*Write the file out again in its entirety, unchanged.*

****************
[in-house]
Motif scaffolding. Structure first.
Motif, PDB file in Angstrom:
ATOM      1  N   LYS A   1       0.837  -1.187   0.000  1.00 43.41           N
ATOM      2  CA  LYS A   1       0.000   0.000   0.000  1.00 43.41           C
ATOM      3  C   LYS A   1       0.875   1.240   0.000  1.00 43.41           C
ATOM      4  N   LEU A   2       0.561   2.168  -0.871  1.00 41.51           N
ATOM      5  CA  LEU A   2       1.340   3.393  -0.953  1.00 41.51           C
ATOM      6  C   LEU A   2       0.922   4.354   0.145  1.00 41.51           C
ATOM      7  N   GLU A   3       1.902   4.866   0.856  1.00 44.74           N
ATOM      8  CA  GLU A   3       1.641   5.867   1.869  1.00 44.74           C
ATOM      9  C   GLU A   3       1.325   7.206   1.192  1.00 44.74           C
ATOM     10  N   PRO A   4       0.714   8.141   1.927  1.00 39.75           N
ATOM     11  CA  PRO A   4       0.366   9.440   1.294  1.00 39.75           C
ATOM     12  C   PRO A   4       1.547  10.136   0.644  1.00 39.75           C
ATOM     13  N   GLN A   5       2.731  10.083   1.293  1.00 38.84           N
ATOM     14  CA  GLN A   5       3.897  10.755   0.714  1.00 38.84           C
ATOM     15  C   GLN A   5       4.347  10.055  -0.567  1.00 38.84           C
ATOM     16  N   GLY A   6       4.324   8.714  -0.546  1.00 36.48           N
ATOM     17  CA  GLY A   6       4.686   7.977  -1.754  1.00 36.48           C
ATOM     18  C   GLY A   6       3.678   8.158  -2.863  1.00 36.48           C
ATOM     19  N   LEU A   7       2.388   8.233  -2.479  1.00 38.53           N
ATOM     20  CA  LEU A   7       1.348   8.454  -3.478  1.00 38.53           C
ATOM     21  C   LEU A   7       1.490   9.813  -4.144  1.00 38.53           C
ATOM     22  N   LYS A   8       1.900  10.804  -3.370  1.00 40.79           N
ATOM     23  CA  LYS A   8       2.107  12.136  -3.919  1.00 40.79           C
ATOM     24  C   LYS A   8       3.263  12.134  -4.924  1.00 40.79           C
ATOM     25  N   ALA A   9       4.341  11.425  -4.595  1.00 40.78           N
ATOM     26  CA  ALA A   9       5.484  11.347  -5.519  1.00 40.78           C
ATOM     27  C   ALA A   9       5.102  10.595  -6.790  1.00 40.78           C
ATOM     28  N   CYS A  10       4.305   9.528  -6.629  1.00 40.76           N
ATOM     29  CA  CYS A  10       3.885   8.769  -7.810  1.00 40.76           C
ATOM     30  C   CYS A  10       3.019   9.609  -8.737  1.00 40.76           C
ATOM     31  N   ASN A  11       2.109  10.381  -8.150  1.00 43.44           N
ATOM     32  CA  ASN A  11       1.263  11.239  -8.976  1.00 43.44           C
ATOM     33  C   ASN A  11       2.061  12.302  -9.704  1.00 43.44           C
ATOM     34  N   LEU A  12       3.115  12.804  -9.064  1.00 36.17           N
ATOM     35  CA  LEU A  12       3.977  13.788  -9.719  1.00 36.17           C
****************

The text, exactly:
[in-house]
Motif scaffolding. Structure first.
Motif, PDB file in Angstrom:
ATOM      1  N   LYS A   1       0.837  -1.187   0.000  1.00 43.41           N
ATOM      2  CA  LYS A   1       0.000   0.000   0.000  1.00 43.41           C
ATOM      3  C   LYS A   1       0.875   1.240   0.000  1.00 43.41           C
ATOM      4  N   LEU A   2       0.561   2.168  -0.871  1.00 41.51           N
ATOM      5  CA  LEU A   2       1.340   3.393  -0.953  1.00 41.51           C
ATOM      6  C   LEU A   2       0.922   4.354   0.145  1.00 41.51           C
ATOM      7  N   GLU A   3       1.902   4.866   0.856  1.00 44.74           N
ATOM      8  CA  GLU A   3       1.641   5.867   1.869  1.00 44.74           C
ATOM      9  C   GLU A   3       1.325   7.206   1.192  1.00 44.74           C
ATOM     10  N   PRO A   4       0.714   8.141   1.927  1.00 39.75           N
ATOM     11  CA  PRO A   4       0.366   9.440   1.294  1.00 39.75           C
ATOM     12  C   PRO A   4       1.547  10.136   0.644  1.00 39.75           C
ATOM     13  N   GLN A   5       2.731  10.083   1.293  1.00 38.84           N
ATOM     14  CA  GLN A   5       3.897  10.755   0.714  1.00 38.84           C
ATOM     15  C   GLN A   5       4.347  10.055  -0.567  1.00 38.84           C
ATOM     16  N   GLY A   6       4.324   8.714  -0.546  1.00 36.48           N
ATOM     17  CA  GLY A   6       4.686   7.977  -1.754  1.00 36.48           C
ATOM     18  C   GLY A   6       3.678   8.158  -2.863  1.00 36.48           C
ATOM     19  N   LEU A   7       2.388   8.233  -2.479  1.00 38.53           N
ATOM     20  CA  LEU A   7       1.348   8.454  -3.478  1.00 38.53           C
ATOM     21  C   LEU A   7       1.490   9.813  -4.144  1.00 38.53           C
ATOM     22  N   LYS A   8       1.900  10.804  -3.370  1.00 40.79           N
ATOM     23  CA  LYS A   8       2.107  12.136  -3.919  1.00 40.79           C
ATOM     24  C   LYS A   8       3.263  12.134  -4.924  1.00 40.79           C
ATOM     25  N   ALA A   9       4.341  11.425  -4.595  1.00 40.78           N
ATOM     26  CA  ALA A   9       5.484  11.347  -5.519  1.00 40.78           C
ATOM     27  C   ALA A   9       5.102  10.595  -6.790  1.00 40.78           C
ATOM     28  N   CYS A  10       4.305   9.528  -6.629  1.00 40.76           N
ATOM     29  CA  CYS A  10       3.885   8.769  -7.810  1.00 40.76           C
ATOM     30  C   CYS A  10       3.019   9.609  -8.737  1.00 40.76           C
ATOM     31  N   ASN A  11       2.109  10.381  -8.150  1.00 43.44           N
ATOM     32  CA  ASN A  11       1.263  11.239  -8.976  1.00 43.44           C
ATOM     33  C   ASN A  11       2.061  12.302  -9.704  1.00 43.44           C
ATOM     34  N   LEU A  12       3.115  12.804  -9.064  1.00 36.17           N
ATOM     35  CA  LEU A  12       3.977  13.788  -9.719  1.00 36.17           C